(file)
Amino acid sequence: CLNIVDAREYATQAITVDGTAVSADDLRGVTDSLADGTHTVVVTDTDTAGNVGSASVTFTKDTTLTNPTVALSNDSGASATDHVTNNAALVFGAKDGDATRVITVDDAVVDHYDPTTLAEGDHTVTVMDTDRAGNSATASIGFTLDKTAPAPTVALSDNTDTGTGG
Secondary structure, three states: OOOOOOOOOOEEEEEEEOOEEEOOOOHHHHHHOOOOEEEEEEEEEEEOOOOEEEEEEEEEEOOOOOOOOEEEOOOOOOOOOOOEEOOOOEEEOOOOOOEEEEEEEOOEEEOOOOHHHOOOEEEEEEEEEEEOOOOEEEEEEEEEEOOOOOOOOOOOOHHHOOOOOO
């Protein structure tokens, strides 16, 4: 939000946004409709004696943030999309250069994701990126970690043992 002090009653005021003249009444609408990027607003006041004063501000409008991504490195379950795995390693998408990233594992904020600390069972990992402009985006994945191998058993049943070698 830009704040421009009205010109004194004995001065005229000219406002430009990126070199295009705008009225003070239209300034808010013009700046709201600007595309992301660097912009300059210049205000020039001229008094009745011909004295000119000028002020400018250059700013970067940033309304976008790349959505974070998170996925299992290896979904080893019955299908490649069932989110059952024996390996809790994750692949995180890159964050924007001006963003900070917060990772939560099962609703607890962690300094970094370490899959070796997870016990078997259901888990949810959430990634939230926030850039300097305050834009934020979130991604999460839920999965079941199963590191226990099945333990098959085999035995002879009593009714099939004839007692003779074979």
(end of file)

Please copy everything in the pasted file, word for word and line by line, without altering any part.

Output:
Amino acid sequence: CLNIVDAREYATQAITVDGTAVSADDLRGVTDSLADGTHTVVVTDTDTAGNVGSASVTFTKDTTLTNPTVALSNDSGASATDHVTNNAALVFGAKDGDATRVITVDDAVVDHYDPTTLAEGDHTVTVMDTDRAGNSATASIGFTLDKTAPAPTVALSDNTDTGTGG
Secondary structure, three states: OOOOOOOOOOEEEEEEEOOEEEOOOOHHHHHHOOOOEEEEEEEEEEEOOOOEEEEEEEEEEOOOOOOOOEEEOOOOOOOOOOOEEOOOOEEEOOOOOOEEEEEEEOOEEEOOOOHHHOOOEEEEEEEEEEEOOOOEEEEEEEEEEOOOOOOOOOOOOHHHOOOOOO
């Protein structure tokens, strides 16, 4: 939000946004409709004696943030999309250069994701990126970690043992 002090009653005021003249009444609408990027607003006041004063501000409008991504490195379950795995390693998408990233594992904020600390069972990992402009985006994945191998058993049943070698 830009704040421009009205010109004194004995001065005229000219406002430009990126070199295009705008009225003070239209300034808010013009700046709201600007595309992301660097912009300059210049205000020039001229008094009745011909004295000119000028002020400018250059700013970067940033309304976008790349959505974070998170996925299992290896979904080893019955299908490649069932989110059952024996390996809790994750692949995180890159964050924007001006963003900070917060990772939560099962609703607890962690300094970094370490899959070796997870016990078997259901888990949810959430990634939230926030850039300097305050834009934020979130991604999460839920999965079941199963590191226990099945333990098959085999035995002879009593009714099939004839007692003779074979």